By the time we’ve finished underperforming for the day, we rush home to cranky and overtired kids. Rush through the daycare and after school care pickups. Break the vow to be more patient by the fifth time you have to repeat yourself about doing homework or picking up toys. 

Too tired and brain dead to make a “good” dinner, so you throw things together and hope for the best. Kids complain. Great.

Then it’s the rush through the bedtime routine. Hopefully we aren’t too irritated with everyone to enjoy the 5 minutes of storytime and snuggles before the kids get in bed. Hopefully they stay in bed and it doesn’t take an hour+ to get the baby to sleep.

Maybe at this point we are so done we crash in bed ourselves. But more likely, we push through and get to cleaning up the dinner mess, pay some bills, or take care of some more work stuff.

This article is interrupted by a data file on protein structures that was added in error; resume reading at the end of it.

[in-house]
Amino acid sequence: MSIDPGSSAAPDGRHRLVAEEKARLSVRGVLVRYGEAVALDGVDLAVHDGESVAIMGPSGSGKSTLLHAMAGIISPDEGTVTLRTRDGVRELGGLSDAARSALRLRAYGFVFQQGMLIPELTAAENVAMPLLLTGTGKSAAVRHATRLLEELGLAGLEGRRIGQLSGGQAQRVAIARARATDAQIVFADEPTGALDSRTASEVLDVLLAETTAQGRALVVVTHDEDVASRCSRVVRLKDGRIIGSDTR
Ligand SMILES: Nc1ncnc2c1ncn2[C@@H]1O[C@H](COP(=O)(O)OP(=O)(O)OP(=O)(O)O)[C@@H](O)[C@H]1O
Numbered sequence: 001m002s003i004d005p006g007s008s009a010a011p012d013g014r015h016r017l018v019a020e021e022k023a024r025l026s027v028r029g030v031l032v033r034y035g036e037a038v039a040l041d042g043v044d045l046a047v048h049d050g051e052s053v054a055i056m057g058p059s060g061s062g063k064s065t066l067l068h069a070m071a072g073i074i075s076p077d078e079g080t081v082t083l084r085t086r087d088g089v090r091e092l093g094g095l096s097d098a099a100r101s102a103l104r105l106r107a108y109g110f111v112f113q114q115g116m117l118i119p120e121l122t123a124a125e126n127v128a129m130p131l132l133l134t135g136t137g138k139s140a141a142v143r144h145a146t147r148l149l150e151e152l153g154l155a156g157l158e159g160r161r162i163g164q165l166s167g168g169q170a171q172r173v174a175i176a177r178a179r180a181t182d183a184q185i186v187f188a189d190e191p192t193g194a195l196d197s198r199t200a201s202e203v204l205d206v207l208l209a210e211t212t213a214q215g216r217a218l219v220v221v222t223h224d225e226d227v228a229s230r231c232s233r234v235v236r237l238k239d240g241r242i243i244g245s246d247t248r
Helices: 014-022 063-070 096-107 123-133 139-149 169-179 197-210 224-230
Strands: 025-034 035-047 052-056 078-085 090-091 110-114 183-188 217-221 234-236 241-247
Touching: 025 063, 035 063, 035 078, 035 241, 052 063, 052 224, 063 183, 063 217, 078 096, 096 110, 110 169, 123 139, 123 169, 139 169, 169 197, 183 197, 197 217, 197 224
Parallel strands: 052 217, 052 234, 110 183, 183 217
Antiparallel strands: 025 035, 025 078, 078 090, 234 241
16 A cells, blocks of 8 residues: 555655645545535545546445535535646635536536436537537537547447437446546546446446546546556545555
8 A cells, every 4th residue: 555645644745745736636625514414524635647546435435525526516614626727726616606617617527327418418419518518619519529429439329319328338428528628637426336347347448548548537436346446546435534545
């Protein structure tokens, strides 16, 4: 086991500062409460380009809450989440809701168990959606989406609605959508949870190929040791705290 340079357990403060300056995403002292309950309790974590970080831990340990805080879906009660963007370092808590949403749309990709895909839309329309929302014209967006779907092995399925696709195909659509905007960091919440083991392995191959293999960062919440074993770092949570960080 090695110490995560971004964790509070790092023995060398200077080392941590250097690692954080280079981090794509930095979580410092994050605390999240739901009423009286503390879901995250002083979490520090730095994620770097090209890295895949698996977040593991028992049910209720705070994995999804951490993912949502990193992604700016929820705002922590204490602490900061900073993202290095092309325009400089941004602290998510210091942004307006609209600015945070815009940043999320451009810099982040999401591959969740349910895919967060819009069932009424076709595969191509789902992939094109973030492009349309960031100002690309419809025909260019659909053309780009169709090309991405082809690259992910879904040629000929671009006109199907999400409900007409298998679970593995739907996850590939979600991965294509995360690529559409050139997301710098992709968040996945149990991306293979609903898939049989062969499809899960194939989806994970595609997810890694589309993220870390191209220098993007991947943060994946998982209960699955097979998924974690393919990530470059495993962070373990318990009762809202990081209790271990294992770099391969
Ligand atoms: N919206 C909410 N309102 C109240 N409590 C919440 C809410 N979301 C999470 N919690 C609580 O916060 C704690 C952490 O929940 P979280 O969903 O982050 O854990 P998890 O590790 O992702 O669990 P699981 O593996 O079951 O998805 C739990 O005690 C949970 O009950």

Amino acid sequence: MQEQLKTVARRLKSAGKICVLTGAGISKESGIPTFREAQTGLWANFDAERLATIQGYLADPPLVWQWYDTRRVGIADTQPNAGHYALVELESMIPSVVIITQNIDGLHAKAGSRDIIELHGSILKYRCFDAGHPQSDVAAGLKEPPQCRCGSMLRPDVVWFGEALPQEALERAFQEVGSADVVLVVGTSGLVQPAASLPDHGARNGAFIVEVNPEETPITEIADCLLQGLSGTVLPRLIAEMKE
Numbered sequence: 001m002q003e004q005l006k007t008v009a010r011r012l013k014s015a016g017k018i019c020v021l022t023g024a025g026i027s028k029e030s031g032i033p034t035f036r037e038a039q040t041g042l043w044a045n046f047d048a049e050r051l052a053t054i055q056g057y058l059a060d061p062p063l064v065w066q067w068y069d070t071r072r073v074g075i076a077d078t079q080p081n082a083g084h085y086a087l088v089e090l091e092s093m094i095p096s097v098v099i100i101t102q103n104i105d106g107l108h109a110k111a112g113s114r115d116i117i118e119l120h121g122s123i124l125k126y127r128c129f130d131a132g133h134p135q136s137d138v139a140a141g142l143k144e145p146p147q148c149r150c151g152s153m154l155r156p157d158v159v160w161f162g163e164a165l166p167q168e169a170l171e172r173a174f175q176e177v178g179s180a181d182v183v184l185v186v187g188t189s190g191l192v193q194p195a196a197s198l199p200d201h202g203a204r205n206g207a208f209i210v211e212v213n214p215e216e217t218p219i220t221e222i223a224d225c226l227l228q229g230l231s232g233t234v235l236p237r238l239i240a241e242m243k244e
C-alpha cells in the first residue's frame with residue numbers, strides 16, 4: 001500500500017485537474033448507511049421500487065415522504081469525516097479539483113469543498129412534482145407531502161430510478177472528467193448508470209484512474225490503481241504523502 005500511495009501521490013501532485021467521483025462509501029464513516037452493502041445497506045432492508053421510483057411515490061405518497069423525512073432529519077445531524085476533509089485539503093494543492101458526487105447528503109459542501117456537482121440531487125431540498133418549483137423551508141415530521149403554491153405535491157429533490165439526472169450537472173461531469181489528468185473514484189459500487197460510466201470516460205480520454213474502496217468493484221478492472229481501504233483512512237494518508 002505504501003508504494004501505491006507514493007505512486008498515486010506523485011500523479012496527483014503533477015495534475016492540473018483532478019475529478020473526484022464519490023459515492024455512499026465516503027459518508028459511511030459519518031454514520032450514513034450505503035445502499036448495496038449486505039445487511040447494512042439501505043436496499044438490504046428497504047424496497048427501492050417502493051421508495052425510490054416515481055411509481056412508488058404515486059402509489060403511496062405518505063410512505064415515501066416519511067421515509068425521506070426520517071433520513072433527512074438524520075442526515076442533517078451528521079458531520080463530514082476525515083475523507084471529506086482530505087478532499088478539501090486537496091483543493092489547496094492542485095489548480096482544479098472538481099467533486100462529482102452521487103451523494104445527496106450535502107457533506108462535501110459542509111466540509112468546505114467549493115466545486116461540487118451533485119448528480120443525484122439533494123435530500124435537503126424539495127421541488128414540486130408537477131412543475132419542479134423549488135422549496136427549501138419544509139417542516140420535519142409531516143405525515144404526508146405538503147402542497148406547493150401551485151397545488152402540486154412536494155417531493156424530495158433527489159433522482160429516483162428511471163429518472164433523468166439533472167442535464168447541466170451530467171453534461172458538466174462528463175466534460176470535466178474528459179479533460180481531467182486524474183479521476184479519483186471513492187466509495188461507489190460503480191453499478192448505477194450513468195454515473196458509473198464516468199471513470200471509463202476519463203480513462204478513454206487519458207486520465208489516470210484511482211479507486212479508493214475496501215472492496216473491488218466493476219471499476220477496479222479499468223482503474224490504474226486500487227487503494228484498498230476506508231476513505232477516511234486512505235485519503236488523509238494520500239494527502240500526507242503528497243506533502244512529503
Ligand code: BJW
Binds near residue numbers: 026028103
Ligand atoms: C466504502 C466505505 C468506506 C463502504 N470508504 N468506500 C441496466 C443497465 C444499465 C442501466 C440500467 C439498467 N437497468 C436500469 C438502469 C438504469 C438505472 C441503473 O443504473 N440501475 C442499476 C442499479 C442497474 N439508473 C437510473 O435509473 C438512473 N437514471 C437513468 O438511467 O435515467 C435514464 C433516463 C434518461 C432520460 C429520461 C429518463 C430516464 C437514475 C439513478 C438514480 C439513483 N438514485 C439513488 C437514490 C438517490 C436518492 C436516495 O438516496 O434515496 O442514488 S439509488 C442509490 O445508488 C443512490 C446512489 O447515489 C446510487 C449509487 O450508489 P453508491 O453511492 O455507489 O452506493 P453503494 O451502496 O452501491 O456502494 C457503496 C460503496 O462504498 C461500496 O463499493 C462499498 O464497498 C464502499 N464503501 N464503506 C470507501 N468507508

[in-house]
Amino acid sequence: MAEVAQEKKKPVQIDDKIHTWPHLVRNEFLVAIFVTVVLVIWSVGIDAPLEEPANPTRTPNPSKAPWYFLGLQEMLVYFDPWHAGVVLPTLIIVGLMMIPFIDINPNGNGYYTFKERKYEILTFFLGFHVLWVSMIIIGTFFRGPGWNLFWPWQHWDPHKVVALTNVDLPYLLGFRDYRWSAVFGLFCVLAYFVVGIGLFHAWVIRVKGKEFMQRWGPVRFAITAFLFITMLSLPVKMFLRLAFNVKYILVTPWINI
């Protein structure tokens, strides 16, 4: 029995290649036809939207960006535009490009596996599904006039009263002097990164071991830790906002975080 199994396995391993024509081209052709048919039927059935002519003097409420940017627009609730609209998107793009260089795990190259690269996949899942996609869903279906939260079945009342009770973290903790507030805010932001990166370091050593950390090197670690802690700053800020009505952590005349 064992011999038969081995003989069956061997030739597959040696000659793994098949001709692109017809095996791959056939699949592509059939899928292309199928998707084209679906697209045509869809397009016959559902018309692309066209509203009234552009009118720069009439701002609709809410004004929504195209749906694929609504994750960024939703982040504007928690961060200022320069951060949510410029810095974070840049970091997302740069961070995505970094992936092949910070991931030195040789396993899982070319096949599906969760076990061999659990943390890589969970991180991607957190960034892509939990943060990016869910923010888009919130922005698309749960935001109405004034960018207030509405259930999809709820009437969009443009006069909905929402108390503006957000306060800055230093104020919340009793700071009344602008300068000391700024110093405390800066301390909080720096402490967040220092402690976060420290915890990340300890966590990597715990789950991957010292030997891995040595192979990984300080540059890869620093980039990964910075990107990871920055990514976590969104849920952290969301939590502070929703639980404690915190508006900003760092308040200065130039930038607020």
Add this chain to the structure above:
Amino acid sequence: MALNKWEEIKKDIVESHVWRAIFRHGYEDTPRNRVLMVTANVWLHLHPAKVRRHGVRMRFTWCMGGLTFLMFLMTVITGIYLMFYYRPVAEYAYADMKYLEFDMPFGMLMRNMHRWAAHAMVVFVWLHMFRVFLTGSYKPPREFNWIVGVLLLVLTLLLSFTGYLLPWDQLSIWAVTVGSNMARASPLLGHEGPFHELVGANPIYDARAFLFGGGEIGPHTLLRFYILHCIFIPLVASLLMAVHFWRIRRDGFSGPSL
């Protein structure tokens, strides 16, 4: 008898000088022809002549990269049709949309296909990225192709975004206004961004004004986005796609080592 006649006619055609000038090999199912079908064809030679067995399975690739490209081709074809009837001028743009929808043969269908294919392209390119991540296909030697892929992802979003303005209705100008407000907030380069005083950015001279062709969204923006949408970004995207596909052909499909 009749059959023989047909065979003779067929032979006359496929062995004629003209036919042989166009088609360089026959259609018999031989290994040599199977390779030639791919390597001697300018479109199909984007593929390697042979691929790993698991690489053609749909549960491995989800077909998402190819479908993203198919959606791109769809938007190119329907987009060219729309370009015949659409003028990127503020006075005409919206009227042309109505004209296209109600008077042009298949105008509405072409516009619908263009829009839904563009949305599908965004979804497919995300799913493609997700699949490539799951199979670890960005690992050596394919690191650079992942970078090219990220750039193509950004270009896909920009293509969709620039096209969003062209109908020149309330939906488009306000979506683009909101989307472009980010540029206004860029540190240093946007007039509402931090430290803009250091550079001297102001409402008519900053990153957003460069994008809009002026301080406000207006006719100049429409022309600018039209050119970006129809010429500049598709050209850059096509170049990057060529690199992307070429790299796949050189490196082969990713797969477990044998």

Maybe we actually get a glass of wine and stay up too late scrolling through social media or watching a TV show.

Then we get in bed, full of regrets for how the days go, how we didn’t “enjoy” every moment with our kids, how we are not the mom we want to be and not the employee we want to be. Don’t even start on the friend and spouse we want to be…

Just to do it all over again when we’re woken up too early tomorrow. Groundhog Day, repeats.

Yeah, going through this definitely sucks. And admitting that doesn’t make you a “bad mom.” It doesn’t make you ungrateful. Wondering “is this it? Cause I don’t think I like this life” makes you human, not evil.

You know that things should be less stressful and more joyful than this. But you really can’t seem to get your head above water. You feel guilty for not being able to figure it out.